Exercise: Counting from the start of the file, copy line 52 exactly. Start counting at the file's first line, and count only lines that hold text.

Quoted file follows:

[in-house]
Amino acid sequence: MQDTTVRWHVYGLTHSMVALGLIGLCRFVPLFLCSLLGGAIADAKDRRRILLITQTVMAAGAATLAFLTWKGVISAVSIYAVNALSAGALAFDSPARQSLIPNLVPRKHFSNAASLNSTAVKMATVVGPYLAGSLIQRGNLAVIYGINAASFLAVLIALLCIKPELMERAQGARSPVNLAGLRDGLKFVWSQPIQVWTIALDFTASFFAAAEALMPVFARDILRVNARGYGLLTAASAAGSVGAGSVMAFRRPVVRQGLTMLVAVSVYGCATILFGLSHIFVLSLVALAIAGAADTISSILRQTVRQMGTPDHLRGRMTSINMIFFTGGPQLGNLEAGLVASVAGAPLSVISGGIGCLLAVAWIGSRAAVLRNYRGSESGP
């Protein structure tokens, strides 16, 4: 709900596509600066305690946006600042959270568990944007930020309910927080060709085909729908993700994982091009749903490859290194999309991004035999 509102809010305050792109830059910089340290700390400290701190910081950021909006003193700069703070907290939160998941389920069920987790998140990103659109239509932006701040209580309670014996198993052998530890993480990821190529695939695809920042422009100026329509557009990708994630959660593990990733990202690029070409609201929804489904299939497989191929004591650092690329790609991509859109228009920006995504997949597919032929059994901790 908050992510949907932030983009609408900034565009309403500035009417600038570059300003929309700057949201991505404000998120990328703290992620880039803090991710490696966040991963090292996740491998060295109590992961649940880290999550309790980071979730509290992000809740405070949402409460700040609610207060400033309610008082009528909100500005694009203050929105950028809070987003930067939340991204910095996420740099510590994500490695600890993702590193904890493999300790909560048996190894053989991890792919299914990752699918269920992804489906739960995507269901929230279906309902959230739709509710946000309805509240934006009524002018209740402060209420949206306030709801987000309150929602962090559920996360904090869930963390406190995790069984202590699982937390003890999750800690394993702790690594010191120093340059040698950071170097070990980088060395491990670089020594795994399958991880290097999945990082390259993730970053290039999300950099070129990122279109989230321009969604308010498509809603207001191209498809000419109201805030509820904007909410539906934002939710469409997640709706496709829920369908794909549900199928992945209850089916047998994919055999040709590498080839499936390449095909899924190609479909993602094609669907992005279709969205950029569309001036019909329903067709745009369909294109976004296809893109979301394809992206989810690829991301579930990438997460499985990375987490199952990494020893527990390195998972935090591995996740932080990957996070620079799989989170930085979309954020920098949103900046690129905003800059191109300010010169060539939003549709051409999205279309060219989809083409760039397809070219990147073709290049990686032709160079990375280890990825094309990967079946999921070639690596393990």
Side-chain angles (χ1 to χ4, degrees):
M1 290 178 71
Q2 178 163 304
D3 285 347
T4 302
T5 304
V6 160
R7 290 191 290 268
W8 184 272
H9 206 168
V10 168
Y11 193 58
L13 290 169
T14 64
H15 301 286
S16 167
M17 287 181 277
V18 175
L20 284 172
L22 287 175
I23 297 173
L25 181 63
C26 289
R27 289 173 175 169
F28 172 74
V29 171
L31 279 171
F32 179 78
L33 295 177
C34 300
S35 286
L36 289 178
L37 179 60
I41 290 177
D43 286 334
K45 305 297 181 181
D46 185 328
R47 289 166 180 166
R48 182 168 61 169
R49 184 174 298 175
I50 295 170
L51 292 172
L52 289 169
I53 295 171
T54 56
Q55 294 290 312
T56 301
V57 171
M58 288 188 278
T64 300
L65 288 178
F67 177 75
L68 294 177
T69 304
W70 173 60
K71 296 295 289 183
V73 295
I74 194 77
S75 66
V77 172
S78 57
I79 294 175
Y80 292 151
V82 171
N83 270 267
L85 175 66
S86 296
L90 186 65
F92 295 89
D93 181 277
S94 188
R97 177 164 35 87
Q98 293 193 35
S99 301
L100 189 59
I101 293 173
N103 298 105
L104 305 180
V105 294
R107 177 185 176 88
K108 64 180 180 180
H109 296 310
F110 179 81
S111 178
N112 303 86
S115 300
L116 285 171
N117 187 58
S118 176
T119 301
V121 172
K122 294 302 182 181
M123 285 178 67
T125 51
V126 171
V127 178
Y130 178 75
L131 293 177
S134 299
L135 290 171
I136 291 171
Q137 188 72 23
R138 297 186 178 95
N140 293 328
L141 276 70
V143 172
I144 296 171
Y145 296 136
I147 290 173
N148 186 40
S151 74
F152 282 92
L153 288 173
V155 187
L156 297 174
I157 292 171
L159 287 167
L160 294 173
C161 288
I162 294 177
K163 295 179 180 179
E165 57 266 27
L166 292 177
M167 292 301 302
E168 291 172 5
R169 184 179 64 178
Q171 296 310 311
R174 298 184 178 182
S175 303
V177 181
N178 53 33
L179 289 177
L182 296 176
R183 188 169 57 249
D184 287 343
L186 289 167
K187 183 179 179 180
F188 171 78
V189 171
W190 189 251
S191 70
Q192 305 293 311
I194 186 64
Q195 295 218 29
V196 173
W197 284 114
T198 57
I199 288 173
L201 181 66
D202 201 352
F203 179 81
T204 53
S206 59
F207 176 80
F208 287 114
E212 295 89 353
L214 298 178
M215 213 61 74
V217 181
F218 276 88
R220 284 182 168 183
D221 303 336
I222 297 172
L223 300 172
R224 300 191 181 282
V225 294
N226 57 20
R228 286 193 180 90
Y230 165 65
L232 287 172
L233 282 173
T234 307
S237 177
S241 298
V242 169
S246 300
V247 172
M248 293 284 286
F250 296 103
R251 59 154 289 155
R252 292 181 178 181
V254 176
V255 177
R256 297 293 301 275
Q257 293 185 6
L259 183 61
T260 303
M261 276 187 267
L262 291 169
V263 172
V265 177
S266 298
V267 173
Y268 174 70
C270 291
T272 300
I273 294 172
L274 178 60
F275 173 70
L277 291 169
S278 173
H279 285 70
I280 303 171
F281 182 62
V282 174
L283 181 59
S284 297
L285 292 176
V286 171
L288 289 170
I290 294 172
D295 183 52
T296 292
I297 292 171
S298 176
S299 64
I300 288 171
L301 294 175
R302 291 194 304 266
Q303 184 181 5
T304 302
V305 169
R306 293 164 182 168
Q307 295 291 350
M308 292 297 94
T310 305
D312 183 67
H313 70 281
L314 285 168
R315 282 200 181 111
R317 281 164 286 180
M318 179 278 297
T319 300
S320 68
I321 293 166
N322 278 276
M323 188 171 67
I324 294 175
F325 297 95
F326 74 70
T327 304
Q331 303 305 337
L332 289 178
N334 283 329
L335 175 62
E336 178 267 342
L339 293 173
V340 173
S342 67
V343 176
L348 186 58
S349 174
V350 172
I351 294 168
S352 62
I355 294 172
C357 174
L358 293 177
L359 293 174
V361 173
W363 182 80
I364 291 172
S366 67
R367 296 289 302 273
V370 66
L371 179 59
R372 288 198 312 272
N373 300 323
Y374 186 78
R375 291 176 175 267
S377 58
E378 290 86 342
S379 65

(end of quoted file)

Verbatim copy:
M58 288 188 278